Longtime 'Simpsons' composer Alf Clausen, who grew up in ND, fired after 27 years
When the 29th season of "The Simpsons" premieres in the fall, it will, for the first time in decades, be doing so without its longtime musical contributor, Alf Clausen.
Clausen, who composed the Fox animated show's incidental music, was told that the show was looking for "a different kind of music" moving forward, according to Variety.
Clausen confirmed his firing via Twitter.
Clausen was born in Minneapolis but raised in Jamestown, where he attended high school, according to a 2012 Forum article. He studied music theory at North Dakota State University and earned a degree in arranging composition from Berklee College of Music in Boston.
The composer's orchestral scores supported the family's foibles since the show's primitively drawn early days. And although "The Simpsons" theme song was penned by Danny Elfman, the sonic feel of the series has been defined by Clausen's grandiose, often epic productions.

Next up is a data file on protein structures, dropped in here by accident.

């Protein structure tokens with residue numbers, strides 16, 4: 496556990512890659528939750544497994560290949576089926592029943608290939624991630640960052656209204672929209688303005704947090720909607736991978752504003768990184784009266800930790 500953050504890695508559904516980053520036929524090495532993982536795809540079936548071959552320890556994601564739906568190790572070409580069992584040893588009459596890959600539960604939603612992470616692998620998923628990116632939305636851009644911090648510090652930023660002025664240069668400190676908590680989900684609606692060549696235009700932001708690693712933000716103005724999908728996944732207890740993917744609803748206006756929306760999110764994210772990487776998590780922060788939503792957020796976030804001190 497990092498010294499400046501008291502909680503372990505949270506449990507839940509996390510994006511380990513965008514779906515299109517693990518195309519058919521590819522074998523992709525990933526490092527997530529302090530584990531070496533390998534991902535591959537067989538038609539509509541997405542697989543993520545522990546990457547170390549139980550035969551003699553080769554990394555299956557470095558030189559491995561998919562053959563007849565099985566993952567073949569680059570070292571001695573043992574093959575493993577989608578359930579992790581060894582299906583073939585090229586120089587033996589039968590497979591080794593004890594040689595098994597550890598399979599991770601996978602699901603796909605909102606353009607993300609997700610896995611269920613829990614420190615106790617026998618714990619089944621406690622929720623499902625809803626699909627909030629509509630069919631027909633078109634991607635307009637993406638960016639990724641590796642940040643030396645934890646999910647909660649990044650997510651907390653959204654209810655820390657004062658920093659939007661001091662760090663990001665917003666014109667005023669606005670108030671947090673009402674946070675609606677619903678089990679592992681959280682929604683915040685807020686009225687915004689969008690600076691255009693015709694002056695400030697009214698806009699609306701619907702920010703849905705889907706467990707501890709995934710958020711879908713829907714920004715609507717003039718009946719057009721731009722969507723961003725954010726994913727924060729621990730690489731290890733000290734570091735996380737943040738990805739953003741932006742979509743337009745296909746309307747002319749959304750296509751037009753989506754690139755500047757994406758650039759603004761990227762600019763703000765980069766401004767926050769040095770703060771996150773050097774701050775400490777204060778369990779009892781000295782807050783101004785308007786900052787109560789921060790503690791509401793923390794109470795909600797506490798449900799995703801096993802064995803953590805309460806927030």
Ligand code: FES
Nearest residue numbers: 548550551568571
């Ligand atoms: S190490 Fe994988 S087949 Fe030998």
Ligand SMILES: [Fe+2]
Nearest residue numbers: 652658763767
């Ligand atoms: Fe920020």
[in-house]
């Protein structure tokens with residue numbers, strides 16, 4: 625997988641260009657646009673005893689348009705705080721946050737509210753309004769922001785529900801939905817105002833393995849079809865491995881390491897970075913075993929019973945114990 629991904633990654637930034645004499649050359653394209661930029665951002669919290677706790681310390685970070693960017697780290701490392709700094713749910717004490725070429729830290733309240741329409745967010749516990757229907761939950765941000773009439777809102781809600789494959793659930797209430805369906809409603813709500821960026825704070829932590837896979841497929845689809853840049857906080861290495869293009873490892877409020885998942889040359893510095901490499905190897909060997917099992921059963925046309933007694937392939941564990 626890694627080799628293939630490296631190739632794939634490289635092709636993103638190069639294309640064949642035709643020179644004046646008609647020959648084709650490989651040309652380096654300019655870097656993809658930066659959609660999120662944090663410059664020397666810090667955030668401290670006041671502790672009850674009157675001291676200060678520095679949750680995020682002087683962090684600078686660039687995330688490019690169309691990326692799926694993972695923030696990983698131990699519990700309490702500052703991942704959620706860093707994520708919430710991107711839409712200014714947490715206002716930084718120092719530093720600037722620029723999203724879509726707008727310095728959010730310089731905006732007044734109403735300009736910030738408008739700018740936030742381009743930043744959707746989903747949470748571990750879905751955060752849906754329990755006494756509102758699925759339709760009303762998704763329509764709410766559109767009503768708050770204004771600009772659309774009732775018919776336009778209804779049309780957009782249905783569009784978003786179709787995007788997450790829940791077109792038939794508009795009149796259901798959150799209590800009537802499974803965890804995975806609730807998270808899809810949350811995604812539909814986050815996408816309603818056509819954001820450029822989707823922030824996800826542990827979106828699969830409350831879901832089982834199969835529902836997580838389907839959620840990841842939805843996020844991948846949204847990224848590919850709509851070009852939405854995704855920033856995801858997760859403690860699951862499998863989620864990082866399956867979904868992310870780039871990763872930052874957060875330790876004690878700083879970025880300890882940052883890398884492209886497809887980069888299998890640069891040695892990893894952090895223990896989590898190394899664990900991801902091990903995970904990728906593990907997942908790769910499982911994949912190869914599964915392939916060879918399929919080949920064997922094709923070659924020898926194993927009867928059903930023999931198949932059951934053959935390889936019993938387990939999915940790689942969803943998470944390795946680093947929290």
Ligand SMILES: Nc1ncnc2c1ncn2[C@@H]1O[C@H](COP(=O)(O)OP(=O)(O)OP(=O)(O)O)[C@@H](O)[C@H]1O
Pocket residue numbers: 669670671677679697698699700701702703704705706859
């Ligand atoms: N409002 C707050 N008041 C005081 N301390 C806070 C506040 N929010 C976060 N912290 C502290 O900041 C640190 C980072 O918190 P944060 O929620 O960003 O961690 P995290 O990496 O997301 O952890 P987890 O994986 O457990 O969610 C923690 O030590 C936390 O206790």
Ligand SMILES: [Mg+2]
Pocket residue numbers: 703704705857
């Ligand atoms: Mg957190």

He's responsible for scoring Mr. Burns' breakout "See My Vest" moment and crafted the tunes for the Springfield musical theater company's "A Streetcar Named Desire" adaptation. Ditto "The Planet of the Apes" musical.
In short, nearly every classic music moment of "The Simpsons" has featured Clausen's fingerprints.
On Twitter, fans thanked Clausen for his work while expressing outrage at the circumstances surrounding his departure. "Fired over the phone, yet," wrote one user.
Clausen quickly corrected him with a one-word reply: "Email ..."
On Aug. 31, producers for "The Simpsons" issued a statement to Variety. It stressed that Clausen will continue to contribute to the series:
"We tremendously value Alf Clausen's contributions to 'The Simpsons' and he will continue to have an ongoing role in the show. We remain committed to the finest in music for 'The Simpsons,' absolutely including orchestral."
The statement concluded: "This is the part where we would make a joke but neither Alf's work nor the music of 'The Simpsons' is treated as anything but seriously by us."
Clausen earned two Primetime Emmy Awards and five Annie Awards for his work, according to the Forum article. In 2011, he earned a Golden Note Award from the American Society of Composers, Authors and Publishers.
Forum staff reports contributed to this article.